Around the time Happy Mondays were enjoying the pinnacle of success, five students at Oxford University in England had already formed a band called On A Friday. With three of its members playing guitar, one of them being lead vocalist Thom Yorke, the band’s raucous sound seemed to belie the quaint name they had chosen back in 1988. They took note of a 1986 song by The Talking Heads that had the following lyrics: “Baby your mind is a radio, got a receiver inside my head; Baby, I’m tuned to your wavelengths, lemme tell you what it says; Transmitter! Oh! Picking up something good; Hey, radio head! The sound…it’s a brand new world.” The song, having been released on their “True Stories” soundtrack, was “Radio Head.” Yorke and his friends felt this reggae-styled song’s name aptly summed up the vibe of their band. With the release of their first album, “Pablo Honey,” in 1993, the group became popular in alternative circles with the college smash hit “Creep.” With lyrics of angst and self-loathing, Radiohead’s definitive guitar sounds and melodies were highly-lauded by prominent critics in the music world, they became “buzz bin” heroes on MTV, and the group won a Grammy for Best Alternative Music Performance for their 1997 album “OK Computer.”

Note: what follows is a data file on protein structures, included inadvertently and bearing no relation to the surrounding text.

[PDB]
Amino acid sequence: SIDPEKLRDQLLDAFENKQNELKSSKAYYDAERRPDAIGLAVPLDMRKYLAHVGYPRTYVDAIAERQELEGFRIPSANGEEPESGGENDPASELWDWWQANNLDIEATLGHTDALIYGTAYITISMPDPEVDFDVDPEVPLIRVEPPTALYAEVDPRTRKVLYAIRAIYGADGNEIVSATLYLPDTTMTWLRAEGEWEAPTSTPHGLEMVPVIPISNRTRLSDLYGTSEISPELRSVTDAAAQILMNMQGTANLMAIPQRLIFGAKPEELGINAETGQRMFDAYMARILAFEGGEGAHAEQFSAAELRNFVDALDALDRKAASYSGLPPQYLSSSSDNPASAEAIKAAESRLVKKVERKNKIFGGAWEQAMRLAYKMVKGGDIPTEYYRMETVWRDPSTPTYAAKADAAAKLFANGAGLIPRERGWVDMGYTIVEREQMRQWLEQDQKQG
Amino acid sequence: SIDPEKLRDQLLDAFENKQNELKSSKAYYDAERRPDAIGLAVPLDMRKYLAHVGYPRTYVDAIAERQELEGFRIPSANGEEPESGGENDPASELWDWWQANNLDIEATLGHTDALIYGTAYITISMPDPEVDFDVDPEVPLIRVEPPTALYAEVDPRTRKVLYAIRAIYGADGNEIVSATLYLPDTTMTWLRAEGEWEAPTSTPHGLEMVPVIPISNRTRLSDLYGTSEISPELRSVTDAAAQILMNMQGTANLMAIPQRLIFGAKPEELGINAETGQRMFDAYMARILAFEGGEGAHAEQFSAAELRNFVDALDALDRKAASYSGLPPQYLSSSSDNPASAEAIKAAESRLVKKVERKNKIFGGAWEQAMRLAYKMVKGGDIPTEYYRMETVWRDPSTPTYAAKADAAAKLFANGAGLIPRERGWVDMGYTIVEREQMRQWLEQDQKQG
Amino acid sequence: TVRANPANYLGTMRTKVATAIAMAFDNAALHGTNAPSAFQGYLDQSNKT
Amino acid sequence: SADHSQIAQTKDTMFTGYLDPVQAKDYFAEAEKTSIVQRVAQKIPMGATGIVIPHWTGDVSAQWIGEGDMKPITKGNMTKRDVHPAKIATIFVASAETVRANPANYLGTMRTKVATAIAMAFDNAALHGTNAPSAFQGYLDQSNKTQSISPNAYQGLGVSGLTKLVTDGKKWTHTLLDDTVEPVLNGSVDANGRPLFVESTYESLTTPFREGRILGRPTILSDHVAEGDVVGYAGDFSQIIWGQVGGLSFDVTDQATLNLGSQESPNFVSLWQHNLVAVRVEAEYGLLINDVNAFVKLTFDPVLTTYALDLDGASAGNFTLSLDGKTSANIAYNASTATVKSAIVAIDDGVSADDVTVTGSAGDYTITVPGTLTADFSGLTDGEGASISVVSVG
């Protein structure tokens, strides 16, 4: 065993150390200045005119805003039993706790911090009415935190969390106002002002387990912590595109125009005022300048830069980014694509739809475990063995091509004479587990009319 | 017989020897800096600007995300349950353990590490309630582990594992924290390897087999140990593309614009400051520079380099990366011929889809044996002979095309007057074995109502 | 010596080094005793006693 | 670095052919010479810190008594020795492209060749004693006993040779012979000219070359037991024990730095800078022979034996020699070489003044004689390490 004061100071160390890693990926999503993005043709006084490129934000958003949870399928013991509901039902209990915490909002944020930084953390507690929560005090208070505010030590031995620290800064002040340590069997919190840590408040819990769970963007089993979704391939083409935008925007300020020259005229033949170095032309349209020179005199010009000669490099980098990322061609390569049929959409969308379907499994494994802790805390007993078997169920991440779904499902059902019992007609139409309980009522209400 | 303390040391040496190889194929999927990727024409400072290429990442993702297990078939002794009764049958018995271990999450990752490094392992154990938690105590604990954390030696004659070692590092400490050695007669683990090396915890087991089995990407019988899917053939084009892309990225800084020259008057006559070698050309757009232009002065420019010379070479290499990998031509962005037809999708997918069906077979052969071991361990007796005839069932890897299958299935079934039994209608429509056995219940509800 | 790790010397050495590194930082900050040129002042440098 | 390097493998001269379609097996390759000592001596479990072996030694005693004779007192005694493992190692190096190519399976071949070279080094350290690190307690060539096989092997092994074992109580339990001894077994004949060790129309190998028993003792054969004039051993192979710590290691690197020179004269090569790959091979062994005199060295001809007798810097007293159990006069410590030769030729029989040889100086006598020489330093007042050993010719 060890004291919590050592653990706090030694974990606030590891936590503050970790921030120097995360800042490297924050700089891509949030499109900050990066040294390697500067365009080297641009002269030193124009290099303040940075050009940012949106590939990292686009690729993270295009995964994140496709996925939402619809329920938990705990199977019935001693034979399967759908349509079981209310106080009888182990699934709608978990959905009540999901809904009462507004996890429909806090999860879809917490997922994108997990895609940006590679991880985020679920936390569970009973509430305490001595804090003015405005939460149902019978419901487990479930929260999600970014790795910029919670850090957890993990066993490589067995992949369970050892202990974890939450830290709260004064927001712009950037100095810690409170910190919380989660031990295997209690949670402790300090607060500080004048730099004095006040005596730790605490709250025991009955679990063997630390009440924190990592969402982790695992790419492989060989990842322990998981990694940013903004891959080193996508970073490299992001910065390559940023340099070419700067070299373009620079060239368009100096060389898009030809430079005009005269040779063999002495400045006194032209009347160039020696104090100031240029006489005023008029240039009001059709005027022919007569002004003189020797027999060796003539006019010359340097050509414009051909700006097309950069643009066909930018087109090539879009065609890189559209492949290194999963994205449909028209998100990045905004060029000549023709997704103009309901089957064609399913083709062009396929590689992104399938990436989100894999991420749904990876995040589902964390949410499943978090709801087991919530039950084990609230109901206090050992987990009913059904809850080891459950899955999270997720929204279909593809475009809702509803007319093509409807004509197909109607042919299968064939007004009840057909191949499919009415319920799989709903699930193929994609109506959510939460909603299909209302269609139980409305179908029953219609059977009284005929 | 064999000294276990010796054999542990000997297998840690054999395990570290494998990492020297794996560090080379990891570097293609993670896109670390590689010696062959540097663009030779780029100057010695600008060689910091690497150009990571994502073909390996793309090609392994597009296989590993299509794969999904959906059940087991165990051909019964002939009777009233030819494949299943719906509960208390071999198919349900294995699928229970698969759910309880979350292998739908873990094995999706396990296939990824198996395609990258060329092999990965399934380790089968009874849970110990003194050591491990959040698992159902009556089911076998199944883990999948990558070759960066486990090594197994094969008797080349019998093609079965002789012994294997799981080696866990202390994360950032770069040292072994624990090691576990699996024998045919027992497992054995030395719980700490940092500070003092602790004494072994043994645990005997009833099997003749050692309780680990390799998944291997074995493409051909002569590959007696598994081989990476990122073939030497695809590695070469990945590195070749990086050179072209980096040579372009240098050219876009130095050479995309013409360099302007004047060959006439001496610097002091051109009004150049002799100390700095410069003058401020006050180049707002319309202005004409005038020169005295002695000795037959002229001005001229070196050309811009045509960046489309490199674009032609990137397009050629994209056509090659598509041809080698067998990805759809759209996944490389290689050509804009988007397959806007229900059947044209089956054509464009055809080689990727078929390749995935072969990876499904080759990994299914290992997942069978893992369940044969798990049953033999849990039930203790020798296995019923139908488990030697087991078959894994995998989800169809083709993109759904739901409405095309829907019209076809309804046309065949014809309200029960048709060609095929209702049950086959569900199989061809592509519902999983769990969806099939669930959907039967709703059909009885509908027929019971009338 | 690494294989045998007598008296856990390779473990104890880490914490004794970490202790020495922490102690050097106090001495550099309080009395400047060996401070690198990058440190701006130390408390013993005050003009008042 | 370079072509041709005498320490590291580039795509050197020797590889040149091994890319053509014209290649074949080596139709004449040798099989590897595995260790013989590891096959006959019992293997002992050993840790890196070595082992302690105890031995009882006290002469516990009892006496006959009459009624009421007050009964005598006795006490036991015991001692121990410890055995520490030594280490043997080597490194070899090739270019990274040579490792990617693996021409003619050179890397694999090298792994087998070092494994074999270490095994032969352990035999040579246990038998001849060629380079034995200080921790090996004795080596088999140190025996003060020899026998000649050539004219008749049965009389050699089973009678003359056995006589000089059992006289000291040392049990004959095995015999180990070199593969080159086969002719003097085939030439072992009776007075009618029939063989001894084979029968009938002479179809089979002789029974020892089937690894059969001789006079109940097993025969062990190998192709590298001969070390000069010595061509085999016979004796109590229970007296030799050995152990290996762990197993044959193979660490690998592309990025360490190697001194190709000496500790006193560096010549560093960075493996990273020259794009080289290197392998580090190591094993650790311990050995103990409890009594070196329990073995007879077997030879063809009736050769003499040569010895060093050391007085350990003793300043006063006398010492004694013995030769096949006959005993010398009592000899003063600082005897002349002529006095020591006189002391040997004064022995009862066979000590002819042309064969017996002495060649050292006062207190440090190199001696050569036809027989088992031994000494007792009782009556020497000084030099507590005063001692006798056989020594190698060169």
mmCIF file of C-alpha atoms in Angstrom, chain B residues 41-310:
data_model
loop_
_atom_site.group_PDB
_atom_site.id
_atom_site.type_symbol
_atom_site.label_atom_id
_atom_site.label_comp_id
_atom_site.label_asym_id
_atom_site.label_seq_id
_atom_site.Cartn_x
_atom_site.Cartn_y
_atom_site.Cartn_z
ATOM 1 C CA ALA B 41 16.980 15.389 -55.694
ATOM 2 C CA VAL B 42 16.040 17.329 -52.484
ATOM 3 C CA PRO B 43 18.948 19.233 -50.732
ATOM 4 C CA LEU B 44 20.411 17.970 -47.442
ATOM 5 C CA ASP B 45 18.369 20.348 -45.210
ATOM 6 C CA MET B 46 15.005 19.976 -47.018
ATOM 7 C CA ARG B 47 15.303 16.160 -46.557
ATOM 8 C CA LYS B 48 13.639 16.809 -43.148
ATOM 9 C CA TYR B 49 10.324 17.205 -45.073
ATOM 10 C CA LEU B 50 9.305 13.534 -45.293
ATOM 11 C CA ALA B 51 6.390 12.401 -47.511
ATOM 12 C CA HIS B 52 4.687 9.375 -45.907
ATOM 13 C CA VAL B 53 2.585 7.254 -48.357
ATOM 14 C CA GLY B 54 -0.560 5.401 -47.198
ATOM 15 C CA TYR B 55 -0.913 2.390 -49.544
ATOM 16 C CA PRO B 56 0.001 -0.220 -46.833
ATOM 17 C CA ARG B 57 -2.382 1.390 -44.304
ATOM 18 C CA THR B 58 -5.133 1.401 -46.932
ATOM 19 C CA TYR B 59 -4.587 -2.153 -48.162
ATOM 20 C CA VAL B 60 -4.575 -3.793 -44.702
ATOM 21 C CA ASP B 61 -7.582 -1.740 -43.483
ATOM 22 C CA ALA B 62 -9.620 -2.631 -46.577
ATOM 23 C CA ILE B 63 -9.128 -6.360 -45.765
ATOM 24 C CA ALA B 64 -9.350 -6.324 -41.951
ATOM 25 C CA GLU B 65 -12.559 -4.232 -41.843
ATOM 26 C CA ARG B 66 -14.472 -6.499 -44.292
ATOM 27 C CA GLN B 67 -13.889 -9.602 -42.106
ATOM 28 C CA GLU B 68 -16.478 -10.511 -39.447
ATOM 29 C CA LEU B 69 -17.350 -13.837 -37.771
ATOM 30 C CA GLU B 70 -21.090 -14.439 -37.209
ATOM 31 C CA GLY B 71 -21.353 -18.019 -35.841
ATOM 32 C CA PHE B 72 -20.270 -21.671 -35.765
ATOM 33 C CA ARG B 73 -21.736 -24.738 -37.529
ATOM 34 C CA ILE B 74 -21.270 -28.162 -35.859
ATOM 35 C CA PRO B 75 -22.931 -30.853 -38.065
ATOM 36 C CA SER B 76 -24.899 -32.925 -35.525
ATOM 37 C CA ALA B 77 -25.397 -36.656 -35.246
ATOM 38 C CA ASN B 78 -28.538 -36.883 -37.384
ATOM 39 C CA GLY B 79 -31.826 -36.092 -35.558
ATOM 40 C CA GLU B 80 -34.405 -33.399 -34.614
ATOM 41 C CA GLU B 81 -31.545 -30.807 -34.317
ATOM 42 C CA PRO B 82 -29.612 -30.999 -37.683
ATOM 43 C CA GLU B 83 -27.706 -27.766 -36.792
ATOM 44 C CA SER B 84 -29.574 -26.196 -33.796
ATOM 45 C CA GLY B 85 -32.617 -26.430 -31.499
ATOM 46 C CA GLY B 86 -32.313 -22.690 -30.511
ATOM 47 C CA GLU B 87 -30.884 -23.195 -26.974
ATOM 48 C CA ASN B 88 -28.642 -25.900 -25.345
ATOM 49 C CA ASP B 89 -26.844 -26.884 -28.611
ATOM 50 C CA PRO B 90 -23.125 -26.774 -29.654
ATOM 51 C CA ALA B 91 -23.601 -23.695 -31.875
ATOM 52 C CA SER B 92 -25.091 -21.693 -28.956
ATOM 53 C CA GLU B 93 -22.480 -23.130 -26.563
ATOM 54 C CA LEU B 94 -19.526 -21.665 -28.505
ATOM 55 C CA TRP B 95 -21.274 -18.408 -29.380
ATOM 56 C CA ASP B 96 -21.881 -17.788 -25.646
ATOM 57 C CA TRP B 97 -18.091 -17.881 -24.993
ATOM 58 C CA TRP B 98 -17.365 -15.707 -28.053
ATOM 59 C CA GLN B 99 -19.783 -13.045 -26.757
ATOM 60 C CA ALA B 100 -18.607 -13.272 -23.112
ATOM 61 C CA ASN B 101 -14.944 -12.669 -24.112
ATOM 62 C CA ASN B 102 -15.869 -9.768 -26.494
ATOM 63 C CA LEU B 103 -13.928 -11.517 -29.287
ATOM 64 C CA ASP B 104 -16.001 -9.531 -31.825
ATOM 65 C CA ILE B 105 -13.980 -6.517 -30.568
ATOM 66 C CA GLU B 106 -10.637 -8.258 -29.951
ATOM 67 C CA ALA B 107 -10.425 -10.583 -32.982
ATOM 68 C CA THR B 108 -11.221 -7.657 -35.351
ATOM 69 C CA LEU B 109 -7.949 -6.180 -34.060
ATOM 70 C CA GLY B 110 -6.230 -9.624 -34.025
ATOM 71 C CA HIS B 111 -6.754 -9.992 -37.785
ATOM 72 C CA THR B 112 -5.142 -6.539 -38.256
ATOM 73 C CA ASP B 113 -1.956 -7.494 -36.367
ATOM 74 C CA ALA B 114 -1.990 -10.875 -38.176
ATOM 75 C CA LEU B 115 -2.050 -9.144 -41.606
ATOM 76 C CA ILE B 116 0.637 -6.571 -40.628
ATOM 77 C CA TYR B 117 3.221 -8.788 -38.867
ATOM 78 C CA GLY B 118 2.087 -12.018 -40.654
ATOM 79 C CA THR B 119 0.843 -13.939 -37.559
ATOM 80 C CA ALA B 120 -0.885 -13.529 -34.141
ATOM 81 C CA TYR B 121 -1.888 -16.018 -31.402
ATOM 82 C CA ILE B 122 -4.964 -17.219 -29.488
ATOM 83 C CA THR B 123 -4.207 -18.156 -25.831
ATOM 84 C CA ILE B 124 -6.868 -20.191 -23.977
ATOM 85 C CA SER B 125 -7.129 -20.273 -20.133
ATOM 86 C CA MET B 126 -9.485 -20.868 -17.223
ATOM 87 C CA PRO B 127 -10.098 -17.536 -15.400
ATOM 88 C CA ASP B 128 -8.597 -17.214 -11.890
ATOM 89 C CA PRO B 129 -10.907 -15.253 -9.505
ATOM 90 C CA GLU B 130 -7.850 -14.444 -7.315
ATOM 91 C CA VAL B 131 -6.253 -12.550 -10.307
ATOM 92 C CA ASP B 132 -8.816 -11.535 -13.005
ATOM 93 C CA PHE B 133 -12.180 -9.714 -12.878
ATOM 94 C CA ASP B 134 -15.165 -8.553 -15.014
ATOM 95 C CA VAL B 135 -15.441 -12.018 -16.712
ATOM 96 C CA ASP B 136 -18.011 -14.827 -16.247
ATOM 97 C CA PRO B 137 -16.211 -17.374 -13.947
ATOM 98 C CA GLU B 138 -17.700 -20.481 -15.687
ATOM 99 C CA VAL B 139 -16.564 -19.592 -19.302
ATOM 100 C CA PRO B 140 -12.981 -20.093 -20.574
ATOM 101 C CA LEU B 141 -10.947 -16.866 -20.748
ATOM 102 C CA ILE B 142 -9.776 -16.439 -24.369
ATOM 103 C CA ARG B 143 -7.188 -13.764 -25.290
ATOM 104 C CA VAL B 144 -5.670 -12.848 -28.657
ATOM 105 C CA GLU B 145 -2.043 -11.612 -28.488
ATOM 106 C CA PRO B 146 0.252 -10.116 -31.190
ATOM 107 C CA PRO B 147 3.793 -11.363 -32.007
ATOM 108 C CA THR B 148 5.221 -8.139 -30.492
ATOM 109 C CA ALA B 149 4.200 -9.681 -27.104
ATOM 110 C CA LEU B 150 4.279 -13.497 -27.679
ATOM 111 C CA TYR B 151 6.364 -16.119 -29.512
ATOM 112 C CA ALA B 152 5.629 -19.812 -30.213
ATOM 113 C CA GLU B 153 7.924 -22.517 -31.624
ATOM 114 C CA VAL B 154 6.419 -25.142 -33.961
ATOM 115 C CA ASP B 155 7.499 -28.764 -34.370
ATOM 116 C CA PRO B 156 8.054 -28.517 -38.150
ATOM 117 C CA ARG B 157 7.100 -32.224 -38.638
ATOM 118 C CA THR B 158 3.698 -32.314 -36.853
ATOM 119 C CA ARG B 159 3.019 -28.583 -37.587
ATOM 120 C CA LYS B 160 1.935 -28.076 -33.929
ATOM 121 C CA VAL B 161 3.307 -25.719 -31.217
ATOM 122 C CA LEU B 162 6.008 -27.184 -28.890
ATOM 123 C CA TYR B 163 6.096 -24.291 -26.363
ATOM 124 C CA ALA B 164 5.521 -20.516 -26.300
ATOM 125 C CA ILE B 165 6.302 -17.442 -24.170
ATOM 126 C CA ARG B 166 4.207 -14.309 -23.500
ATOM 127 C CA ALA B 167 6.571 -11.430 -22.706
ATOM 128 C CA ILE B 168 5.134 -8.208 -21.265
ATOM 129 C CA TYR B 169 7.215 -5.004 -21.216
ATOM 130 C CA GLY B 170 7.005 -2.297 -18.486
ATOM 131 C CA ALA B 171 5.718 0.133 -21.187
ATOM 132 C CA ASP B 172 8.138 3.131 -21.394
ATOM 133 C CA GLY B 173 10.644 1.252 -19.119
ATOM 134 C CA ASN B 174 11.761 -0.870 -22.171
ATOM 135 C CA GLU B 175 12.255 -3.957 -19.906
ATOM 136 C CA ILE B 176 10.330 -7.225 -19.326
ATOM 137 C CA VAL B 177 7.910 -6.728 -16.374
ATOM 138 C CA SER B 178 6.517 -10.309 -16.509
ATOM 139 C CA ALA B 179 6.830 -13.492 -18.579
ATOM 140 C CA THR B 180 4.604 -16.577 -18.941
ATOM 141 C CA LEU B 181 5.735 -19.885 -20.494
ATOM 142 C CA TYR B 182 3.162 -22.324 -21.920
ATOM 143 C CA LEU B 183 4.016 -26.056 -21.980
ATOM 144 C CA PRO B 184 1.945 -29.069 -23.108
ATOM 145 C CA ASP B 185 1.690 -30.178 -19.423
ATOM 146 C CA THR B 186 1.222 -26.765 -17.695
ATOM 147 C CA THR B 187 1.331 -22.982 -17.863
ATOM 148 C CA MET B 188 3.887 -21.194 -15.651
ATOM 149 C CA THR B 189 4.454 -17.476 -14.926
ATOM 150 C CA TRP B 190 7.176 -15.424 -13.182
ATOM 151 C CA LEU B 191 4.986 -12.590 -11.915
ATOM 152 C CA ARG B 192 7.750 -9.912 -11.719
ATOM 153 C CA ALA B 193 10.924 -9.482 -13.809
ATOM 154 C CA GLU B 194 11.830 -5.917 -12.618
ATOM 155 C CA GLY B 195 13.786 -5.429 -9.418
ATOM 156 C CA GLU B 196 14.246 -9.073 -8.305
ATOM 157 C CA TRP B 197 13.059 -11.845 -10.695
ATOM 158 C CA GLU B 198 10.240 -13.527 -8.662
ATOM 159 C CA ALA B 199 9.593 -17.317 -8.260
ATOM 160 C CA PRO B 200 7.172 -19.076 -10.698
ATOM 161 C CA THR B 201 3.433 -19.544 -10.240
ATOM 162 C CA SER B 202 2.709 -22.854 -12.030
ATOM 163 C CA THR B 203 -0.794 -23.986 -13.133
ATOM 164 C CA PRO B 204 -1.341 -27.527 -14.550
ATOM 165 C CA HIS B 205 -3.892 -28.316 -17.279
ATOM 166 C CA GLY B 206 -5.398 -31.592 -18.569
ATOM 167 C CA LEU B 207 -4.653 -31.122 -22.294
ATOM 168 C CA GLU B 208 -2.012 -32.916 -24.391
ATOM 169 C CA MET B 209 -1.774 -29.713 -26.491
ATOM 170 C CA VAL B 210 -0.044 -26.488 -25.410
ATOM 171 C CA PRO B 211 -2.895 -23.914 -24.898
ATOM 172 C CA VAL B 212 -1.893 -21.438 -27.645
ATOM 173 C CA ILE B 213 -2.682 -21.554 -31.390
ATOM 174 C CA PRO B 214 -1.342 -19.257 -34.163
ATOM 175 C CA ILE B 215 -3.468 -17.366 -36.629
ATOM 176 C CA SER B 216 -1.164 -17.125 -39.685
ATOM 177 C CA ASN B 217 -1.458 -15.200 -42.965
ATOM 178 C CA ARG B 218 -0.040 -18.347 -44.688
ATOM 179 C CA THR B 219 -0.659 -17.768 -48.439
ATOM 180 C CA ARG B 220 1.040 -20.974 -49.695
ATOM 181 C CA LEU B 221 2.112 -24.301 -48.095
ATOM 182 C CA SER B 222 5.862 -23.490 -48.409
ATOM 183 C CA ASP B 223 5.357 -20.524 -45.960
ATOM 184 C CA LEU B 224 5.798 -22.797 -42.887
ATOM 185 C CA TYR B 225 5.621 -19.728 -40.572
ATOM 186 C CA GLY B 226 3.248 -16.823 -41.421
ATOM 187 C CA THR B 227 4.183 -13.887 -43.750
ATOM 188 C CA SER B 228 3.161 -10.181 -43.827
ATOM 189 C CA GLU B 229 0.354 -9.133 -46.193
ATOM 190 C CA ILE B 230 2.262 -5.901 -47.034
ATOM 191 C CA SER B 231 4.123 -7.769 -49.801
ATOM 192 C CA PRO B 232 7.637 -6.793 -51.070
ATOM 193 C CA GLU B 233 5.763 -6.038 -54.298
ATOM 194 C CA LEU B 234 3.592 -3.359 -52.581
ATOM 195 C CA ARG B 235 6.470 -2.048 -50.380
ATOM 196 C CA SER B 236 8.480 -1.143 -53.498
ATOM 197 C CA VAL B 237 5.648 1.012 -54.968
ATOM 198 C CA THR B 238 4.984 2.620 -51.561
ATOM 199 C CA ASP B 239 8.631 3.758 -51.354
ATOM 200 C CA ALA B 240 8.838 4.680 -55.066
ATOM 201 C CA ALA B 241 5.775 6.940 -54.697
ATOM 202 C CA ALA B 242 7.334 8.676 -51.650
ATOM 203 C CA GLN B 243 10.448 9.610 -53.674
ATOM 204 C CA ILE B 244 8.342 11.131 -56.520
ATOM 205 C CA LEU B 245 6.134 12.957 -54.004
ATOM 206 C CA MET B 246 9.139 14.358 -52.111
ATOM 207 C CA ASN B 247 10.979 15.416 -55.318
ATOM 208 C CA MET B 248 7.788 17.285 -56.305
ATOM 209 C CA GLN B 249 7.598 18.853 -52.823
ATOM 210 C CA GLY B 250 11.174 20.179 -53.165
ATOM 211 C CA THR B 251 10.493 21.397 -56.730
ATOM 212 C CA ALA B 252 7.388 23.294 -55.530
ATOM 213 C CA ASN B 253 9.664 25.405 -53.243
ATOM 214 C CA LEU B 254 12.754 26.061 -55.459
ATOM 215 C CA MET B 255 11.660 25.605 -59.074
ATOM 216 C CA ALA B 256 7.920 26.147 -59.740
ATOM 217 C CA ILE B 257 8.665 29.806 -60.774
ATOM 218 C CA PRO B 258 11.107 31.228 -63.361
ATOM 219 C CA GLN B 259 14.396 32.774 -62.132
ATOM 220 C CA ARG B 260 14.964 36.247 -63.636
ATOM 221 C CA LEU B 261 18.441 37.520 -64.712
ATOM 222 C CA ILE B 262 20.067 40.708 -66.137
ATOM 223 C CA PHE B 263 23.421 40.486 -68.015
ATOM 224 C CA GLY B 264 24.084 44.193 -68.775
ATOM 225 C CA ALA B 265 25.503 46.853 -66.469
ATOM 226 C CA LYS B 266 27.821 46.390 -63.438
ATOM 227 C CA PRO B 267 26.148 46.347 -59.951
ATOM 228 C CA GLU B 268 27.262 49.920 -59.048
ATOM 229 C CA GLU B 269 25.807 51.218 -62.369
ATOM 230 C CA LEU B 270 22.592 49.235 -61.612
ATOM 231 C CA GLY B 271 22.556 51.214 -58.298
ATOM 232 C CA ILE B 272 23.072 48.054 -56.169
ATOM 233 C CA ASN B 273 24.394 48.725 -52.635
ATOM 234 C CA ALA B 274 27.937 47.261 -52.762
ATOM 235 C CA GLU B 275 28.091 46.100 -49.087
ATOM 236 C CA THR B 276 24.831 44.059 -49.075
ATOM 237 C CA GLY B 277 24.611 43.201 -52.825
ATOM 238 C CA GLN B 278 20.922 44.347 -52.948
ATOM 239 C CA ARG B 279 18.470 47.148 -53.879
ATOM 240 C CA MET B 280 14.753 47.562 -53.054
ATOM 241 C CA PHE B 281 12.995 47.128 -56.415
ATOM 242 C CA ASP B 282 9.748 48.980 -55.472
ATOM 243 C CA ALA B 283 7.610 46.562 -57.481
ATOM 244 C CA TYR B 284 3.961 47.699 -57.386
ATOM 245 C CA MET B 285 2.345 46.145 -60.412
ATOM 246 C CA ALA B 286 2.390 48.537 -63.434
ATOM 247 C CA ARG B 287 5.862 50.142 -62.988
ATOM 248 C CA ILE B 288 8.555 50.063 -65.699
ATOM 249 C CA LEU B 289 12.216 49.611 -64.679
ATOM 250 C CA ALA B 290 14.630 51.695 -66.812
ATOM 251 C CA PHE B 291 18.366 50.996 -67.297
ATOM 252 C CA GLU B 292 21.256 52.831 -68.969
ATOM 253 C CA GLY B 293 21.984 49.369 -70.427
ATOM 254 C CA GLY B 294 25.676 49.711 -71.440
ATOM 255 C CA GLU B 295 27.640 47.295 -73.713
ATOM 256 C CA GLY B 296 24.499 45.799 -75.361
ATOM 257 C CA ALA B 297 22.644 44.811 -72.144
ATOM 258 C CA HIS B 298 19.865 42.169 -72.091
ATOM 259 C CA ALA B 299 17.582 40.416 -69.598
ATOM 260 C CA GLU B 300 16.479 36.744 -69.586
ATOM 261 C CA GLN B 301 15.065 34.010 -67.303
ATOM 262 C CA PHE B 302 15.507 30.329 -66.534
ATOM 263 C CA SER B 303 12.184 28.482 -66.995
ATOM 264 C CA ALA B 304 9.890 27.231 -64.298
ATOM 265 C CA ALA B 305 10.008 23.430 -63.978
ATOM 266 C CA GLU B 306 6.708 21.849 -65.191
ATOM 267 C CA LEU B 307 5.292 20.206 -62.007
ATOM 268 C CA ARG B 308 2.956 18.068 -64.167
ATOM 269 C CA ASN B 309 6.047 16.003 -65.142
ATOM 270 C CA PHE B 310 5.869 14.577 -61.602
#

© 2000 Ned Truslow